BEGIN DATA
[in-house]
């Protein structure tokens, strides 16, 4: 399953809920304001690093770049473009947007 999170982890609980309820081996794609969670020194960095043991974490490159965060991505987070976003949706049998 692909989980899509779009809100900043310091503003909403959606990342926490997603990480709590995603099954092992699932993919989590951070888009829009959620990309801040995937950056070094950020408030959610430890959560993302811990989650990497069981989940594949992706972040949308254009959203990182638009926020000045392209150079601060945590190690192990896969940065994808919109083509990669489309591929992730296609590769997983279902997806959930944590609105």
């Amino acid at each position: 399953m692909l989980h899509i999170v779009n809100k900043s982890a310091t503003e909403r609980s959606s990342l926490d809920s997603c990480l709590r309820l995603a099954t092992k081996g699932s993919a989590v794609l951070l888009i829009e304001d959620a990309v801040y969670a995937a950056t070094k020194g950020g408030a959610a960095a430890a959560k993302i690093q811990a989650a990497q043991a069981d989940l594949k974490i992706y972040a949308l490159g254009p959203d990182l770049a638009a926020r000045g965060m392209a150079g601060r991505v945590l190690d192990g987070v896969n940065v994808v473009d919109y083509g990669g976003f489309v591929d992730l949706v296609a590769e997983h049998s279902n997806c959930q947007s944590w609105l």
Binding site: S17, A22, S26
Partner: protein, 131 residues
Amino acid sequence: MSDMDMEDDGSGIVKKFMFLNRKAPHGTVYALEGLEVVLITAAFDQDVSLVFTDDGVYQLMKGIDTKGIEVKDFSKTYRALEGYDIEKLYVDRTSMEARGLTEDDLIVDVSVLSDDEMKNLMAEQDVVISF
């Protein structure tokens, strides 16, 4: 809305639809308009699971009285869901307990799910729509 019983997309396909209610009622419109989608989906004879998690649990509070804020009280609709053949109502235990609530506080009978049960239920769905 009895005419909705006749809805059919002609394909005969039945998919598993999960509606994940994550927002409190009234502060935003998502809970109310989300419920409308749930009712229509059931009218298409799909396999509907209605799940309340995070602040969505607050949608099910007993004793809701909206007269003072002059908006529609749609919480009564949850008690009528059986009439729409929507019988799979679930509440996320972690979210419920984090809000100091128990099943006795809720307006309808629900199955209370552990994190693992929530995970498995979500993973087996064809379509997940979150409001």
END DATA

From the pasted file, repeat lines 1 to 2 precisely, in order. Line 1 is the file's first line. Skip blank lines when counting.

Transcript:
[in-house]
């Protein structure tokens, strides 16, 4: 399953809920304001690093770049473009947007 999170982890609980309820081996794609969670020194960095043991974490490159965060991505987070976003949706049998 692909989980899509779009809100900043310091503003909403959606990342926490997603990480709590995603099954092992699932993919989590951070888009829009959620990309801040995937950056070094950020408030959610430890959560993302811990989650990497069981989940594949992706972040949308254009959203990182638009926020000045392209150079601060945590190690192990896969940065994808919109083509990669489309591929992730296609590769997983279902997806959930944590609105």